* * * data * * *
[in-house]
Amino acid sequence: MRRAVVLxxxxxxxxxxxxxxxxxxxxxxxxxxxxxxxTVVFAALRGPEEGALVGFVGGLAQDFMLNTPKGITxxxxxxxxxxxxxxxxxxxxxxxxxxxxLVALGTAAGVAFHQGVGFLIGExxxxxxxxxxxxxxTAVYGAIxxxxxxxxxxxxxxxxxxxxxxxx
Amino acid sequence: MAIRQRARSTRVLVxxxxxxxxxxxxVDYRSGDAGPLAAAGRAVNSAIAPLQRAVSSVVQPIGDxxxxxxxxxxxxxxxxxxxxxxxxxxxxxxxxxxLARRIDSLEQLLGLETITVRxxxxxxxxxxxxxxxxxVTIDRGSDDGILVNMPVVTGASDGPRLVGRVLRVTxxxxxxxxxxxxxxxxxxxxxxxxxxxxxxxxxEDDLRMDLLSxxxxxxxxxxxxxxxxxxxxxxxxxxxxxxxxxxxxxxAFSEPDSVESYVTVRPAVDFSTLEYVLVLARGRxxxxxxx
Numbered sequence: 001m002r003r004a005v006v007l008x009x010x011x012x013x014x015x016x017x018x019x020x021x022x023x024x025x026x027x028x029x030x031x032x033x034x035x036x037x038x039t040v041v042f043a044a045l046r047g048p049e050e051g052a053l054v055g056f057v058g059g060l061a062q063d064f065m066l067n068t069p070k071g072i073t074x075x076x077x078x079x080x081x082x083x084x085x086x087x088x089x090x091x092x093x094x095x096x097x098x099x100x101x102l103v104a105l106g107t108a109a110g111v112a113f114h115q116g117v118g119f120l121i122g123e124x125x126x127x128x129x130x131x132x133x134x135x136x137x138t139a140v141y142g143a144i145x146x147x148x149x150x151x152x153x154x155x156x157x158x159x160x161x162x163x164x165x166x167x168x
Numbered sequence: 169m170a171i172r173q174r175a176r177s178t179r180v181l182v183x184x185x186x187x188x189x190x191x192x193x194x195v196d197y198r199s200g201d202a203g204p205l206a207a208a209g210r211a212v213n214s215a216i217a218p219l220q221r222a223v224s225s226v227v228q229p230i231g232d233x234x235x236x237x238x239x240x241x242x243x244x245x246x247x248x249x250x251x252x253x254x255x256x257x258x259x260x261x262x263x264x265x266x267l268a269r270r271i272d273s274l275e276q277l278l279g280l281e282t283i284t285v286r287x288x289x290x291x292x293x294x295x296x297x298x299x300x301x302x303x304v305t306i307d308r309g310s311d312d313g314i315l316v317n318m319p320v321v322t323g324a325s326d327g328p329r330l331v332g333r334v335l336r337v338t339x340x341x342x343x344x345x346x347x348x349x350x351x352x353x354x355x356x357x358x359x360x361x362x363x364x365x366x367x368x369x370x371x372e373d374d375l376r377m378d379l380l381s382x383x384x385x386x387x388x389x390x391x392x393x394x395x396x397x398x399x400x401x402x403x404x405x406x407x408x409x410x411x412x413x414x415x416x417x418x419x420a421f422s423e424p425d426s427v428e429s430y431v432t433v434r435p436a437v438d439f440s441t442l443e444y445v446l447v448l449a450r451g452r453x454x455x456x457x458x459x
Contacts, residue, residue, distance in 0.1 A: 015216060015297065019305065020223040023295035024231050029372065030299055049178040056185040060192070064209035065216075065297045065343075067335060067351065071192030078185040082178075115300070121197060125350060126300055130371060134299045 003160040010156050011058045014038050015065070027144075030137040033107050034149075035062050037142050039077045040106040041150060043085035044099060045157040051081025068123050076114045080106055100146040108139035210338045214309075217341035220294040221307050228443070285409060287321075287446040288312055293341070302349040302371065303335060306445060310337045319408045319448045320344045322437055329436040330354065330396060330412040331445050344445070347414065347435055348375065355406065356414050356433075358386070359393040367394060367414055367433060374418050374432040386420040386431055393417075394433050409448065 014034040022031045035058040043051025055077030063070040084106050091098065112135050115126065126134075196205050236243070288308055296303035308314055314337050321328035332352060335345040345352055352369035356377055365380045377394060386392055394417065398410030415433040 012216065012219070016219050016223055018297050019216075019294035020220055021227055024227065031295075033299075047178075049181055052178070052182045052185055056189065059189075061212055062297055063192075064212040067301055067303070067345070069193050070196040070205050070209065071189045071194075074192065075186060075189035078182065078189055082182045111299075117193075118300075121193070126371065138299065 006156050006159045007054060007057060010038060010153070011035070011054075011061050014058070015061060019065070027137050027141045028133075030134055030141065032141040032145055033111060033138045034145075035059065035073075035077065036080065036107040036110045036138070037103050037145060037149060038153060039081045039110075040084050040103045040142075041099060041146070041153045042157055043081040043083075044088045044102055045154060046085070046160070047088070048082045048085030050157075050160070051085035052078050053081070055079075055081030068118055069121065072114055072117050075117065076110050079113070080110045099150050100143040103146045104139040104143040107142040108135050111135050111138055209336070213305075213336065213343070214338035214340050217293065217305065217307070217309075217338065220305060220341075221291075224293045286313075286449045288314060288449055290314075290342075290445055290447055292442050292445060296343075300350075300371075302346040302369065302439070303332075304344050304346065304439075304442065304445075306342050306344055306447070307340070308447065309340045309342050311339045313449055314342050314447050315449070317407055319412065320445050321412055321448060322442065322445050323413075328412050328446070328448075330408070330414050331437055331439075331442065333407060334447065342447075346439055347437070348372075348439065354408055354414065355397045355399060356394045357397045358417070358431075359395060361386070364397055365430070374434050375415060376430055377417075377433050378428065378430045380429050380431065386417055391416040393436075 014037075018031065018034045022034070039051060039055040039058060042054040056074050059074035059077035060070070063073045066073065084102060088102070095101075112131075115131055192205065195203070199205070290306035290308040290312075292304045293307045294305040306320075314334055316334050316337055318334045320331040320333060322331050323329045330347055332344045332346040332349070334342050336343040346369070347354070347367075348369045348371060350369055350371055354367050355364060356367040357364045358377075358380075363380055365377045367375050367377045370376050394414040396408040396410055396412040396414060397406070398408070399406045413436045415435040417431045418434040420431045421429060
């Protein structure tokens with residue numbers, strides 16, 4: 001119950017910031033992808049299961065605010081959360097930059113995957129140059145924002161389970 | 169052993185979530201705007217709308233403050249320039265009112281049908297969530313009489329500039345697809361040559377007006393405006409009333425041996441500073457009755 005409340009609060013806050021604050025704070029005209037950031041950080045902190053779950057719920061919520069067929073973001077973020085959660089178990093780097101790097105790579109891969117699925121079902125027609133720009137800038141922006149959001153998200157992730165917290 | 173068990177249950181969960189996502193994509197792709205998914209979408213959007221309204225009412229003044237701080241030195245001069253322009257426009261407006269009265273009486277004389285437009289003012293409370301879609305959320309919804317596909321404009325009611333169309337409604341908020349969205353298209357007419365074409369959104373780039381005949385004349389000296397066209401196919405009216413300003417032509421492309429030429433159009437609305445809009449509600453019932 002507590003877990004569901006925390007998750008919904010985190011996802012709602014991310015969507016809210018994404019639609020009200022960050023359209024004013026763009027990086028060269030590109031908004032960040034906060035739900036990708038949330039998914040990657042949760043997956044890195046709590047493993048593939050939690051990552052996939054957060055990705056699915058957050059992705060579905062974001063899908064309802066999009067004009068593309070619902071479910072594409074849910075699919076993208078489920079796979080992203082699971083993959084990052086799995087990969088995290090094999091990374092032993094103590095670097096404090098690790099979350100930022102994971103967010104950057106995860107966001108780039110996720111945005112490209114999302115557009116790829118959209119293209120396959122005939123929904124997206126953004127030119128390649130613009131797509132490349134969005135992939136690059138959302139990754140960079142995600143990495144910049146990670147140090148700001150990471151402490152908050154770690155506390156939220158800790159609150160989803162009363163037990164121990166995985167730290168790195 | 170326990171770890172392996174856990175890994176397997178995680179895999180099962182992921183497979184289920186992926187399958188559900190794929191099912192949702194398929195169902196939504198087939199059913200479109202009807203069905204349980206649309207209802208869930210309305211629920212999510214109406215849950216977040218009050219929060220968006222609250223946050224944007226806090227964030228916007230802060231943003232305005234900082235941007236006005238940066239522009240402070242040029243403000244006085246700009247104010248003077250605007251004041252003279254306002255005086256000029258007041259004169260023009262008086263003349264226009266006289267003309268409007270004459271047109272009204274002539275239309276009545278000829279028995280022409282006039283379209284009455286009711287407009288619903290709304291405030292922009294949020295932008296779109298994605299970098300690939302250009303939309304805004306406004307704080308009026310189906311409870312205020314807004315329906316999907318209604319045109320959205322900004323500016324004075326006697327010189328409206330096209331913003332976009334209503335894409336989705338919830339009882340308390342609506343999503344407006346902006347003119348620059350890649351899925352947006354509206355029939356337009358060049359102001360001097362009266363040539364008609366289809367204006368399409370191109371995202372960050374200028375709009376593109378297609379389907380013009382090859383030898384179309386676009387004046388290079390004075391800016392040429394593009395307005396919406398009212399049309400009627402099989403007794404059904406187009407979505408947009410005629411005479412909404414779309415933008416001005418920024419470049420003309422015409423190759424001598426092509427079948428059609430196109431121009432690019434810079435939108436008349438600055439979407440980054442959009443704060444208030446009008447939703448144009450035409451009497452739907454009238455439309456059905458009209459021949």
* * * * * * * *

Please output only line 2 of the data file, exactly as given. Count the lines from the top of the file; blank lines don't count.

Amino acid sequence: MRRAVVLxxxxxxxxxxxxxxxxxxxxxxxxxxxxxxxTVVFAALRGPEEGALVGFVGGLAQDFMLNTPKGITxxxxxxxxxxxxxxxxxxxxxxxxxxxxLVALGTAAGVAFHQGVGFLIGExxxxxxxxxxxxxxTAVYGAIxxxxxxxxxxxxxxxxxxxxxxxx